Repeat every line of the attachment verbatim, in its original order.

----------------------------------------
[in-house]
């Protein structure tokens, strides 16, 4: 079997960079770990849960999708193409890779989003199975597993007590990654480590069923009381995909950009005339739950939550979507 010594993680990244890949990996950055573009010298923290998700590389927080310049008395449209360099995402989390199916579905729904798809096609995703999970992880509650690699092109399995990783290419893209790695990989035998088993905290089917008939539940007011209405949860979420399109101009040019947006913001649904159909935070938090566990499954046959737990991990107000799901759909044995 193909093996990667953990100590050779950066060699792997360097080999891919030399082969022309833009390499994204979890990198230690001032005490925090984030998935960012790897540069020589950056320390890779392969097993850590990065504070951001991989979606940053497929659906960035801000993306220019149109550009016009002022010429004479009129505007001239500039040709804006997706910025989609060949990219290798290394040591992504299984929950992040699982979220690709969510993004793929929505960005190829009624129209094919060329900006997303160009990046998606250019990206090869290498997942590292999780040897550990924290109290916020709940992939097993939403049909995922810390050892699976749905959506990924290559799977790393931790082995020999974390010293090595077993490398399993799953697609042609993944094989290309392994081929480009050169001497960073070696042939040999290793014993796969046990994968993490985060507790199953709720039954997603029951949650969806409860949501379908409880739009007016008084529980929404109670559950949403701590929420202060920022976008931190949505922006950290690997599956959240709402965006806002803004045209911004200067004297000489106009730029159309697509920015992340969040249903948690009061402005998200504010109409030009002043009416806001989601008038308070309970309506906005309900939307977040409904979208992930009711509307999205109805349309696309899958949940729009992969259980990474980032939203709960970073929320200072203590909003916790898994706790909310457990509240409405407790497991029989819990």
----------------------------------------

[in-house]
């Protein structure tokens, strides 16, 4: 079997960079770990849960999708193409890779989003199975597993007590990654480590069923009381995909950009005339739950939550979507 010594993680990244890949990996950055573009010298923290998700590389927080310049008395449209360099995402989390199916579905729904798809096609995703999970992880509650690699092109399995990783290419893209790695990989035998088993905290089917008939539940007011209405949860979420399109101009040019947006913001649904159909935070938090566990499954046959737990991990107000799901759909044995 193909093996990667953990100590050779950066060699792997360097080999891919030399082969022309833009390499994204979890990198230690001032005490925090984030998935960012790897540069020589950056320390890779392969097993850590990065504070951001991989979606940053497929659906960035801000993306220019149109550009016009002022010429004479009129505007001239500039040709804006997706910025989609060949990219290798290394040591992504299984929950992040699982979220690709969510993004793929929505960005190829009624129209094919060329900006997303160009990046998606250019990206090869290498997942590292999780040897550990924290109290916020709940992939097993939403049909995922810390050892699976749905959506990924290559799977790393931790082995020999974390010293090595077993490398399993799953697609042609993944094989290309392994081929480009050169001497960073070696042939040999290793014993796969046990994968993490985060507790199953709720039954997603029951949650969806409860949501379908409880739009007016008084529980929404109670559950949403701590929420202060920022976008931190949505922006950290690997599956959240709402965006806002803004045209911004200067004297000489106009730029159309697509920015992340969040249903948690009061402005998200504010109409030009002043009416806001989601008038308070309970309506906005309900939307977040409904979208992930009711509307999205109805349309696309899958949940729009992969259980990474980032939203709960970073929320200072203590909003916790898994706790909310457990509240409405407790497991029989819990």